Canadian Auto Workers union dismantles blockade at parts plant

By Carl Bronski
17 January 2009

A blockade set up by members of Canadian Auto Workers (CAW) Local 1285 to prevent General Motors from removing its tooling equipment from SKD Automotive, a parts supplier in Brampton, Ontario, was dismantled late Tuesday night. 

The stand down came after an Ontario Superior Court judge granted an injunction against the union's action earlier in the day. At the hearing, the union offered no objections to the court's decision. "We couldn't win this legally," said Paulo Ribeiro, a full time CAW official.  

The blockade began December 23rd when GM sent trucks to the parts plant to remove equipment it had installed there to make stamped metal components for its Hummer SUV and passenger cars assembled in Fairfax, Kansas. The attempt by GM to remove the equipment came during the Christmas shutdown period after GM dissolved its contracts with SKD on the grounds that the parts company had acknowledged its insolvency and had effectively ceased operations.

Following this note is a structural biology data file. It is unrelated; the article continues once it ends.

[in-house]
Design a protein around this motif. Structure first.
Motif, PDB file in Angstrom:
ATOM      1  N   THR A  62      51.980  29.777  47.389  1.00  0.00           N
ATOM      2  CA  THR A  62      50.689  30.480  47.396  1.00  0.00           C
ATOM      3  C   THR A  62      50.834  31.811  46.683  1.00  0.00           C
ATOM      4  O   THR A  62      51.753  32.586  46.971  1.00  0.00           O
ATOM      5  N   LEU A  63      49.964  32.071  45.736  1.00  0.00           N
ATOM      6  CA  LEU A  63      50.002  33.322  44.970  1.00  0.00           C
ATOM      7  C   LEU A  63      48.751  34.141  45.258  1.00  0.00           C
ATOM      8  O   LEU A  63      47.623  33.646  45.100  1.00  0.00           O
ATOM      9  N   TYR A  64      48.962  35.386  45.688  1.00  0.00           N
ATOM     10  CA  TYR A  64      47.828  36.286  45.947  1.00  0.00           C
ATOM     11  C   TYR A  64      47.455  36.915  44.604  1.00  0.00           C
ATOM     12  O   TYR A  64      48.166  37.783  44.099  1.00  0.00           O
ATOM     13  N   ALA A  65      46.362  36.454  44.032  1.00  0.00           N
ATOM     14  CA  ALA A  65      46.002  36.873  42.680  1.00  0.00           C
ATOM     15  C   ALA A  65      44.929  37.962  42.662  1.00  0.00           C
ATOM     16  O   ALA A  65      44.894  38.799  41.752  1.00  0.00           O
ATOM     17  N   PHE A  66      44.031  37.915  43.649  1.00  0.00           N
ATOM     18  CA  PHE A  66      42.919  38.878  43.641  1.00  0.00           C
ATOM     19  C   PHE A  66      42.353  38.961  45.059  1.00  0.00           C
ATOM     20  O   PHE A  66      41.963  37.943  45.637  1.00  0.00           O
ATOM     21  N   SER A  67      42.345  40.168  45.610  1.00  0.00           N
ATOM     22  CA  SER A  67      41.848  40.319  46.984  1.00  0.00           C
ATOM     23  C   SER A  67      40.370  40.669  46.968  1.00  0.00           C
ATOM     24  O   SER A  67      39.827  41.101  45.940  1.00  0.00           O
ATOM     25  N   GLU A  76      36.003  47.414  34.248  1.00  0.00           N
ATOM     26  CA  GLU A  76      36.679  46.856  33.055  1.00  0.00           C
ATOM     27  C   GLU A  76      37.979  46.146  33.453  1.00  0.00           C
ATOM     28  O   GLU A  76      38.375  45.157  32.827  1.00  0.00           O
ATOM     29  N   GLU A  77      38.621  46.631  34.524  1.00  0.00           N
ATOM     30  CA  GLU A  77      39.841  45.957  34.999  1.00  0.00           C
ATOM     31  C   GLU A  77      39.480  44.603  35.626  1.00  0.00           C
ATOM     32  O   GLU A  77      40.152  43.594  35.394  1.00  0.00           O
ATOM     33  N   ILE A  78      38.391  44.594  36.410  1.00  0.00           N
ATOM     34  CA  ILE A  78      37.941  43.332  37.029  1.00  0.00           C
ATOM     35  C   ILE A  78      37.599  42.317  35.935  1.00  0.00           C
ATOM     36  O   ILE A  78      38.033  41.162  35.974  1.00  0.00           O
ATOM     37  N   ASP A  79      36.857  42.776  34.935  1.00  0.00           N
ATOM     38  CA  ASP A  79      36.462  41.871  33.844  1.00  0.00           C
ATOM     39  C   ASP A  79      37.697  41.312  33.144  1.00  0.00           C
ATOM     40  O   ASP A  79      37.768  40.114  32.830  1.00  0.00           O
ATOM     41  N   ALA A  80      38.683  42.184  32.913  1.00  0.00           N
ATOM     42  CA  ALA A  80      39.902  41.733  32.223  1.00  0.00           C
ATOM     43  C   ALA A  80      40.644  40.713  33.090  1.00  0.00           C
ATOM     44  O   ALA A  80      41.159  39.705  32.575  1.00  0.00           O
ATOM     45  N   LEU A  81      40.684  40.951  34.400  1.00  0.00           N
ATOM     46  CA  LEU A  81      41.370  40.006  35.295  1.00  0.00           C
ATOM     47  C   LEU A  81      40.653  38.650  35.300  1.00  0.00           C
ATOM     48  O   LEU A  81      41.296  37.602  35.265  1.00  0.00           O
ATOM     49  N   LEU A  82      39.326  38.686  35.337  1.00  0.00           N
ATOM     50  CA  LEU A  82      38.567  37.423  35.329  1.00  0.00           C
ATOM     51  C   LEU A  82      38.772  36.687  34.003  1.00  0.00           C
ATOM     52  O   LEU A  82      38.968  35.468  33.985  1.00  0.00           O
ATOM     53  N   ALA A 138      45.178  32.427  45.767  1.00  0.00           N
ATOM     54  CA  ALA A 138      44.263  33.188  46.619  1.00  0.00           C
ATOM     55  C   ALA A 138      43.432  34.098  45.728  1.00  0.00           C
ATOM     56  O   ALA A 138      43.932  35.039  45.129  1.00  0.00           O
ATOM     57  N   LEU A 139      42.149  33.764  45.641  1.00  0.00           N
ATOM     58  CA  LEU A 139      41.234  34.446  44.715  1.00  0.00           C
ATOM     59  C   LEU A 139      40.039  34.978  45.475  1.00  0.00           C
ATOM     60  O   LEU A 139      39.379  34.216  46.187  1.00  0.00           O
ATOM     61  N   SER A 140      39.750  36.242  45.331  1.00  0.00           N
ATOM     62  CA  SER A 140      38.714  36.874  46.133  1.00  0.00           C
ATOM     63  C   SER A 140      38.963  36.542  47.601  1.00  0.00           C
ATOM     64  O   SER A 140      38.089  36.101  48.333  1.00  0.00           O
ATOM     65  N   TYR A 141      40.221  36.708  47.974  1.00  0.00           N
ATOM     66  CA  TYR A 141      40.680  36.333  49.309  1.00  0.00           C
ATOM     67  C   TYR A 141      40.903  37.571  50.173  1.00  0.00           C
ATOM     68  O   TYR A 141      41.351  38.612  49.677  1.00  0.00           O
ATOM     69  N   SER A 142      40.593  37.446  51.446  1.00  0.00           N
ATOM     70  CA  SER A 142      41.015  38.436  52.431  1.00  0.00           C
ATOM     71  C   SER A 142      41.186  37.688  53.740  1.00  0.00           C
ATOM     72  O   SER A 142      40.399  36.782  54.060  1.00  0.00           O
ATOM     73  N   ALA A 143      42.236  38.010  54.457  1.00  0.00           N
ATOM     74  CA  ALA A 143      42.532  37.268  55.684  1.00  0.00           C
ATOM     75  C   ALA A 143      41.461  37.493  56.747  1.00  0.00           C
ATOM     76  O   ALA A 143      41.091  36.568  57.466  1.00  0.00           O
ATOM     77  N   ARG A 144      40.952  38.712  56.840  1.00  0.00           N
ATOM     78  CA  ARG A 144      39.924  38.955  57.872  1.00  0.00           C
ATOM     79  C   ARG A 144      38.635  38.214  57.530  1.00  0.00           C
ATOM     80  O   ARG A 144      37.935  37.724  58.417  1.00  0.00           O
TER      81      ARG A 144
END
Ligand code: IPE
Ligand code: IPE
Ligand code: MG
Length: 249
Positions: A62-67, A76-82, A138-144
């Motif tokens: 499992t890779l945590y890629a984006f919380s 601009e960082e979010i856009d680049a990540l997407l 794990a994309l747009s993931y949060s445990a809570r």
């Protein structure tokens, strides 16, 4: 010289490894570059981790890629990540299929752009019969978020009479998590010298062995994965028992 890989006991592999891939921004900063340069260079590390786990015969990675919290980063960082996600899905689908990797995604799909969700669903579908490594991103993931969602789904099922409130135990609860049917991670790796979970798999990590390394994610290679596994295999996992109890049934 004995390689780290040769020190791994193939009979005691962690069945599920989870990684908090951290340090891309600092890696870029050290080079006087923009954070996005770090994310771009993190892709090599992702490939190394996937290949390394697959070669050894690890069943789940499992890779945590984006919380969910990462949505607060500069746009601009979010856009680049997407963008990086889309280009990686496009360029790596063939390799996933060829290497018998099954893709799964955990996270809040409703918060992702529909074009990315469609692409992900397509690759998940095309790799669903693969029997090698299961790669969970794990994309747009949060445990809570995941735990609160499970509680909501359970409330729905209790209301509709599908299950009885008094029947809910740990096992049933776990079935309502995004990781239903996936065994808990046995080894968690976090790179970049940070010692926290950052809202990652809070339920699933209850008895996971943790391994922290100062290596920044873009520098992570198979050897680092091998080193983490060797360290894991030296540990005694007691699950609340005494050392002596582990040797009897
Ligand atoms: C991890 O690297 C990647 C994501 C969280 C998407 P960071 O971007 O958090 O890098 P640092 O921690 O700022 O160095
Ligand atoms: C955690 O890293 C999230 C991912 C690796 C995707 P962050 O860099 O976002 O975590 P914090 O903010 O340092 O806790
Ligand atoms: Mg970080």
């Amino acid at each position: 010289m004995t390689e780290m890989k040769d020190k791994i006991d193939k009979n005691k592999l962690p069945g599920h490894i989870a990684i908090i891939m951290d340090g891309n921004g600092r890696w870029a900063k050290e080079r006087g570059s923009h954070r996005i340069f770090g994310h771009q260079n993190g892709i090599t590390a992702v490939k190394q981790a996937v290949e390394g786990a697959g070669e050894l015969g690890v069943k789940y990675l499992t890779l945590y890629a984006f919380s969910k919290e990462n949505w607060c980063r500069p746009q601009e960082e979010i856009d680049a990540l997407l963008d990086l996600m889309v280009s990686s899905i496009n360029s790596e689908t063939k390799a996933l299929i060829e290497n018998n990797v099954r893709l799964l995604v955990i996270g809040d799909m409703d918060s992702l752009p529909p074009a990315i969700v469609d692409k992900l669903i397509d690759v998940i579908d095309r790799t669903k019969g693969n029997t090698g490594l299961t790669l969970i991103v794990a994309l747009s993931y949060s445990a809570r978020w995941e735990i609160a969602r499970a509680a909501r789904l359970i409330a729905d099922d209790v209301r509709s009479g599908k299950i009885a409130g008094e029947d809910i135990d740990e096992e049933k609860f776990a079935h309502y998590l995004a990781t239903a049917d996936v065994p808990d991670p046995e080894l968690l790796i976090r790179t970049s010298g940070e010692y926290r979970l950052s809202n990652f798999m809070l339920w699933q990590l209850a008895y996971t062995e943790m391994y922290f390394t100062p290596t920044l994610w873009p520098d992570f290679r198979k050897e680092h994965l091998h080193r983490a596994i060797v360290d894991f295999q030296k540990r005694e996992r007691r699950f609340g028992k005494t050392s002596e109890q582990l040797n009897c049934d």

SKD, founded in Windsor, Ontario in 1937, also has facilities elsewhere in the Toronto area, in Michigan, and in Mexico. The company is expected to file for temporary bankruptcy protection within the week.